|Head of Zeus|
My thanks to the publisher for the invitation to this blog tour
Londoners Eleanor and Edward Hamilton have wealth, status, and a happy marriage—but the 1929 financial crash is looming, and they’re harboring a terrible, shameful secret. How far are they willing to go to protect their charmed life—even if it means abandoning their child to a horrific fate?
Eleanor Hamilton is happily married and mother to a beautiful four-year-old girl, Mabel. Her wealthy husband, Edward, a celebrated war hero, is a leading light in the burgeoning Eugenics movement—the very ideas that will soon be embraced by Hitler—and is increasingly important in designing education policy for Great Britain.
But when Edward and Eleanor’s otherwise perfectly healthy daughter develops debilitating epileptic seizures, their world fractures. Mabel’s shameful illness must be hidden or Edward’s life’s work will be in jeopardy and the family’s honor will be shattered.
When Eleanor discovers Edward has been keeping secrets, she calls into question everything she believed about genetic inferiority, and her previous unshakeable faith in her husband disintegrates. Alarmed, distressed, and no longer able to bear the family’s burden, she takes matters into her own hands.
On Today's Blog Tour Stop I am delighted to have an exclusive guest post from the author
Here are Louise's writing tips
It is very easy when writing a first draft to feel what you are putting on the page is never in a million years going to match up to the books you read, admire, and aspire to write. Try to remember that all those beautiful books were once rough first drafts that possibly bore little resemblance to the finished product. Every book goes through multiple drafts, and has input from many people, from beta-readers to agents and editors. It really does take a small village to produce a book!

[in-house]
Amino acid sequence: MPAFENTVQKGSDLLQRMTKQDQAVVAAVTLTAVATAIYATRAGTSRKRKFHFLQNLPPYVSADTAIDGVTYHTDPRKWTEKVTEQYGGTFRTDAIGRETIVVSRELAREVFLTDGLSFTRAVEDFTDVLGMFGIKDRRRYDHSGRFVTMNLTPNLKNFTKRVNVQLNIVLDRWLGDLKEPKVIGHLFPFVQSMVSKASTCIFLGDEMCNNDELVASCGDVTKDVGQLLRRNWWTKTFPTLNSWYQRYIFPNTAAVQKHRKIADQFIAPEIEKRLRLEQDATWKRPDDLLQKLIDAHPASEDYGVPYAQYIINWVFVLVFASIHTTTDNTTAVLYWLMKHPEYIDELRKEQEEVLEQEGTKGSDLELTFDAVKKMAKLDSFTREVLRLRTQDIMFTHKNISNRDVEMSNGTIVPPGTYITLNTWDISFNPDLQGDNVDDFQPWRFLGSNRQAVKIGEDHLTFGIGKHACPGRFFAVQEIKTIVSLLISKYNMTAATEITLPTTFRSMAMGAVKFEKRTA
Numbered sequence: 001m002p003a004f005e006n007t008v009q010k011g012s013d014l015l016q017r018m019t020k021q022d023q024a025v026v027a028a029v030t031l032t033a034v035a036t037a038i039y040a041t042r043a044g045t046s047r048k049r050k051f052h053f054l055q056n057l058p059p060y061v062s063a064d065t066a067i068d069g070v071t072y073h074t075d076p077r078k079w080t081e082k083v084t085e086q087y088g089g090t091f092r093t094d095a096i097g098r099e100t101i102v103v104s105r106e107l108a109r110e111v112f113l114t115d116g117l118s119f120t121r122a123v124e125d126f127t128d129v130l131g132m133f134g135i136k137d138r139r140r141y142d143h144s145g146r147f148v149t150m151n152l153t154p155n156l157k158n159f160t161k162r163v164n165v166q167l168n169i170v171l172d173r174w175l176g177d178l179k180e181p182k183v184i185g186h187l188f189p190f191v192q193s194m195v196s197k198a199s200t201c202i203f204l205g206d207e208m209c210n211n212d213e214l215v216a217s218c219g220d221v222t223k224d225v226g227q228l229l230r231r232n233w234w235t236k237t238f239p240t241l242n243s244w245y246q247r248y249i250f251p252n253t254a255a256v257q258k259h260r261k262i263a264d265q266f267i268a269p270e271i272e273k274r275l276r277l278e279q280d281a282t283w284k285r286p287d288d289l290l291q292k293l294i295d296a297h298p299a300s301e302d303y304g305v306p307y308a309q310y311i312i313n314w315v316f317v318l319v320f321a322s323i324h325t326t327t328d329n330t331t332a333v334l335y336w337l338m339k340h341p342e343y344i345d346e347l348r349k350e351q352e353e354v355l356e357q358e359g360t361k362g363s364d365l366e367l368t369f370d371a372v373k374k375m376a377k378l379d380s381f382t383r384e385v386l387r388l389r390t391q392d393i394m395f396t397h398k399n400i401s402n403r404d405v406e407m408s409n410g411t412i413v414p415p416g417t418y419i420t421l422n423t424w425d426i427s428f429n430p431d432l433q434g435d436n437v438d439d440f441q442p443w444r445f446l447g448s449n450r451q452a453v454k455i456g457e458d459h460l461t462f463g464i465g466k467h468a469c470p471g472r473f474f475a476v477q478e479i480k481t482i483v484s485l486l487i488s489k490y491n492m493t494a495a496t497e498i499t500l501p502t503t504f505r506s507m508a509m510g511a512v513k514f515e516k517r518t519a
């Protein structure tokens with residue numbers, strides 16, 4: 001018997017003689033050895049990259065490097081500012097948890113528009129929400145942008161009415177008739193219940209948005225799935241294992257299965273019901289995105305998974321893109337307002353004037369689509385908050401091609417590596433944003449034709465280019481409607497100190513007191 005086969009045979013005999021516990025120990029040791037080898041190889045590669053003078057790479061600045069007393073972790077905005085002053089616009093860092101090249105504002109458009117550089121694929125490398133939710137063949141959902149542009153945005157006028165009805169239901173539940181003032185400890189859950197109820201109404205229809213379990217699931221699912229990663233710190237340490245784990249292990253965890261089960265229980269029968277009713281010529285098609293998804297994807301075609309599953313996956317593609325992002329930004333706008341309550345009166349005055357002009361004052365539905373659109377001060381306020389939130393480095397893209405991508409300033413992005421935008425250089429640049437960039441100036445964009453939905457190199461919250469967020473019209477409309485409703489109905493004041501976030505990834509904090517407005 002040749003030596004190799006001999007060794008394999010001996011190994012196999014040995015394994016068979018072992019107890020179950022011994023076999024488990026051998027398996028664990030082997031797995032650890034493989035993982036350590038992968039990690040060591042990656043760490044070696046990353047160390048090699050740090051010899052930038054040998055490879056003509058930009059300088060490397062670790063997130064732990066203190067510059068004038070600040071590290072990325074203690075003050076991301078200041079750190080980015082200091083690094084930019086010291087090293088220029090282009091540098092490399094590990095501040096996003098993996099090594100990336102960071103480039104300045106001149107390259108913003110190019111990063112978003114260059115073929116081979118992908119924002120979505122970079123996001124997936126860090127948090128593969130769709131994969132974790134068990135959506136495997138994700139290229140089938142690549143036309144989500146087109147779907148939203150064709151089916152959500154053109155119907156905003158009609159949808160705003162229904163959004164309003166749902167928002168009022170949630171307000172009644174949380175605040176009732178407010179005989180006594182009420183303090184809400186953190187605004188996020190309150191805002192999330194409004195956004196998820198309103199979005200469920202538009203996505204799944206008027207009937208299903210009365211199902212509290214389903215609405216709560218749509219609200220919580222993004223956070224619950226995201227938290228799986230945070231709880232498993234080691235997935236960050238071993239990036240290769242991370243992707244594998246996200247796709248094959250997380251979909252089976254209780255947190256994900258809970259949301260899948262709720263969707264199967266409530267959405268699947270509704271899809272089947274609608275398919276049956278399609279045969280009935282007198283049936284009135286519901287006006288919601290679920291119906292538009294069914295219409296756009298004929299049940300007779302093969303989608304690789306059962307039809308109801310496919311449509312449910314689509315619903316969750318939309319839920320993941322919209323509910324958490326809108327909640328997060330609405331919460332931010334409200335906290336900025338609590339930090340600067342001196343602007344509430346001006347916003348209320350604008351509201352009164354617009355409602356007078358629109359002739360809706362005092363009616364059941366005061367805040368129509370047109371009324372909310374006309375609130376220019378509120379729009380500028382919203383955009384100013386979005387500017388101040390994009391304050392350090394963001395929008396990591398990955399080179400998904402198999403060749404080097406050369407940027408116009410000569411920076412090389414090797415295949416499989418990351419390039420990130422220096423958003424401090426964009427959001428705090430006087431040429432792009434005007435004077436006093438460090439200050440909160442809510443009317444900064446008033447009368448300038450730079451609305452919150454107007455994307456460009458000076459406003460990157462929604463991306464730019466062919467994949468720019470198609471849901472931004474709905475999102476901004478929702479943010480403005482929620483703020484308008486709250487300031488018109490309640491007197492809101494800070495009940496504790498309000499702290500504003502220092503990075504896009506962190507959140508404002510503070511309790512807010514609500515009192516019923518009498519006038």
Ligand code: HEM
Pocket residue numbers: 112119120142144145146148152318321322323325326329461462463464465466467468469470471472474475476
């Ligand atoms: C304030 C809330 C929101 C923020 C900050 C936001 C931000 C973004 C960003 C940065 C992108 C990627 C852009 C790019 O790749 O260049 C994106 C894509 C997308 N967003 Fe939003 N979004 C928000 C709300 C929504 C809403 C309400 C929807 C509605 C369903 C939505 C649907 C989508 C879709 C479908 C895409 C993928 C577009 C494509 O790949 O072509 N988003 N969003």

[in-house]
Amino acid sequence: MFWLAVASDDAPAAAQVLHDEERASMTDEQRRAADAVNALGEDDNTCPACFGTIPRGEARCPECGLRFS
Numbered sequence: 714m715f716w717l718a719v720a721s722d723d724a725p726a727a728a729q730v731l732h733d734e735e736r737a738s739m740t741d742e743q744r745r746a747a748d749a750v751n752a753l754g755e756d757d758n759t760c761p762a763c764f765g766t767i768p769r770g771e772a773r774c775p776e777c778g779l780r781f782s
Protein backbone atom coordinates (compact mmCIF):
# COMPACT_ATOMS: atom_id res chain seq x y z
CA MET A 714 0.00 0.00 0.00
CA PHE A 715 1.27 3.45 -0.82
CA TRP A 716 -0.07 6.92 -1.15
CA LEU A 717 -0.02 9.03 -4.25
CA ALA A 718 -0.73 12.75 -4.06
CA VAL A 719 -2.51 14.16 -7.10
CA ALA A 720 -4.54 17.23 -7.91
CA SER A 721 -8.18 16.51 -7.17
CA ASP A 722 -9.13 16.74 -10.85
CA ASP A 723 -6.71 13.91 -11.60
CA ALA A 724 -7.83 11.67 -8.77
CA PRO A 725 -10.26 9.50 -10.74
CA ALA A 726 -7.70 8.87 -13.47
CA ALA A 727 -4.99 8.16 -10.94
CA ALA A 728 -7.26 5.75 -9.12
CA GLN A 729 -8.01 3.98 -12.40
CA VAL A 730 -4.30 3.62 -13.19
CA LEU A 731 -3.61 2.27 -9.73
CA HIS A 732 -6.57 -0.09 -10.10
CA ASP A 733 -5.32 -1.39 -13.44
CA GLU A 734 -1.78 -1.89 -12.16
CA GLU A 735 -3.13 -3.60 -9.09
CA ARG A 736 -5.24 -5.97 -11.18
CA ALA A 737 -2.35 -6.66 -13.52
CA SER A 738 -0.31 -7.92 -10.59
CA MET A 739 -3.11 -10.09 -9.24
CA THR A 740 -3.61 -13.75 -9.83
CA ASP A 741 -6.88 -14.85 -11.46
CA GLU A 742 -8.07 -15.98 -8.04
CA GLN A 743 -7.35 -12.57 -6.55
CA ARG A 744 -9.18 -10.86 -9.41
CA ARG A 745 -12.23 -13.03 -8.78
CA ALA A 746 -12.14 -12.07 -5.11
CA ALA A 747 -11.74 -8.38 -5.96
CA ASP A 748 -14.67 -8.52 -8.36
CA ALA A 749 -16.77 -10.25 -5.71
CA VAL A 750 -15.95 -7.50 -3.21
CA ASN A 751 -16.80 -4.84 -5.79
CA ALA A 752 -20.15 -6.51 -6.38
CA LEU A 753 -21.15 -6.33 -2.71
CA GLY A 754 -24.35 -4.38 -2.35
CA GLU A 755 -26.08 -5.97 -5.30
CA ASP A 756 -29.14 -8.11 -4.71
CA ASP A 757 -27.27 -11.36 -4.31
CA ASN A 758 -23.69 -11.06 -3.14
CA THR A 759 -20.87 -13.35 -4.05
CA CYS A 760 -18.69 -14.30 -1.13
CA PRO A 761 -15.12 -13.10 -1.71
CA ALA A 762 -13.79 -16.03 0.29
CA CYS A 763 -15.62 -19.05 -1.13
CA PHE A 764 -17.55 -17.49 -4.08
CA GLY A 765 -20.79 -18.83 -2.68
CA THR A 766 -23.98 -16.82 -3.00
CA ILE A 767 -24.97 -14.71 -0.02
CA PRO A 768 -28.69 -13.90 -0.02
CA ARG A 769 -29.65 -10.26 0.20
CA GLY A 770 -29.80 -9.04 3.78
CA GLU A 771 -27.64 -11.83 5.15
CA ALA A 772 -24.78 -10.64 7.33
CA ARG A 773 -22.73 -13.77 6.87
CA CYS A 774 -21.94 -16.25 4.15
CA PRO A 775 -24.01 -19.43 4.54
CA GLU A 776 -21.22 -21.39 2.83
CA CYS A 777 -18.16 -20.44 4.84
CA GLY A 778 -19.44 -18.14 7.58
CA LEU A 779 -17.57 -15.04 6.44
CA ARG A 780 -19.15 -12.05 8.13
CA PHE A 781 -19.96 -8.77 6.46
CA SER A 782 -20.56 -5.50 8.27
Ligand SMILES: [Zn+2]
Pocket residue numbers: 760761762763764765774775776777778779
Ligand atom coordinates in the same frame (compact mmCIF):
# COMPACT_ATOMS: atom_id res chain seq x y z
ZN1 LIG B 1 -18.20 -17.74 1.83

Related to that, I would also say, don’t try to fix everything in the first draft, and don’t be afraid to make mistakes and experiment. Subsequent drafts are for layering, improving, adding and deleting. Even if you are a planner, when writing the book it is fine to go ‘off plan’. Sometimes this can lead to great things! When writing The Hidden Child, I never planned to include epilepsy itself as a character. One day I just had the feeling this could work, and I decided to write a section as ‘him’. That character has indeed remained a part of the book. Sometimes it doesn’t work. I tried originally to write from a very young child’s point of view but getting into the head of a four-year-old simply wasn’t working, and all that ended up being scrapped. Never be afraid to throw words away – cutting things out can improve the book as much, if not more so, than adding to it.
I would also advise not being in too much of a hurry. I think this is a mistake many new writers make, including me! I finished the first draft of my debut novel, which truthfully took several years to write, and was so keen to send it off to agents that I did so much too early. Of course, rejections followed. It took another two years of getting a professional editor’s report, an extensive rewrite and several more edits before I sent it out again. Only then was I successful in obtaining my agent. Never be afraid to get other opinions on your work before trying to submit it. If you can afford a professional editor to look at it that is one option, but not a necessity. An avid reading friend or two who you trust to be entirely honest is also just as valuable. Be prepared to listen to advice or thoughts about your work. It can always be improved, but not every opinion from others may be correct. You should trust your own judgement as to whether you think they have a point or not.
Finally, do remember to be proud of all your achievements along the way, however small and insignificant they may seem. Our brains are programmed to keep moving the goalposts and what once would have seemed an impossible dream can, once it’s been achieved, feel suddenly like not an achievement at all.
Remind yourself of where you were, and where you are now, and be sure to celebrate all the steps in between.
Louise writes twentieth century historical fiction, based around unheard voices, or from unusual perspectives.Louise lives in Surrey with her husband, children, two naughty cats and small dog Bonnie, who is the best writing companion she could ask for. Always at her side when she writes and listens most patiently when Louise needs to talk through a tricky plot problem. She is currently working on her third novel.
Twitter @FeinLouise #TheHiddenChild